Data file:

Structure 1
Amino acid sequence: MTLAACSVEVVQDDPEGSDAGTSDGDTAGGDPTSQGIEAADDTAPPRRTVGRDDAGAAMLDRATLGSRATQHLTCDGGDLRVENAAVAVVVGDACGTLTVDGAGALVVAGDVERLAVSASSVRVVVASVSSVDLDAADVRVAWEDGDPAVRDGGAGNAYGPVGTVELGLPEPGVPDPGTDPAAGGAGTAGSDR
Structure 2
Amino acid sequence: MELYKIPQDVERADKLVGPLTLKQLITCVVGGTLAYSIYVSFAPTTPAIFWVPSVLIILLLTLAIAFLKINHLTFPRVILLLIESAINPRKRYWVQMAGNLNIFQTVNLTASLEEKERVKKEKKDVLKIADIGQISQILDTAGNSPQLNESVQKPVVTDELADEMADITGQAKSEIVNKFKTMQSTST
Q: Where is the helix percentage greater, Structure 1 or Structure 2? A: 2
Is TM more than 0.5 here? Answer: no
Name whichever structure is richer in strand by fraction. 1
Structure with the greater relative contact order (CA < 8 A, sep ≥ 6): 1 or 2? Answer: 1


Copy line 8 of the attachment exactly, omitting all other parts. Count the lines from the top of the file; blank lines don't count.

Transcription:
Structure with the greater relative contact order (CA < 8 A, sep ≥ 6): 1 or 2? Answer: 1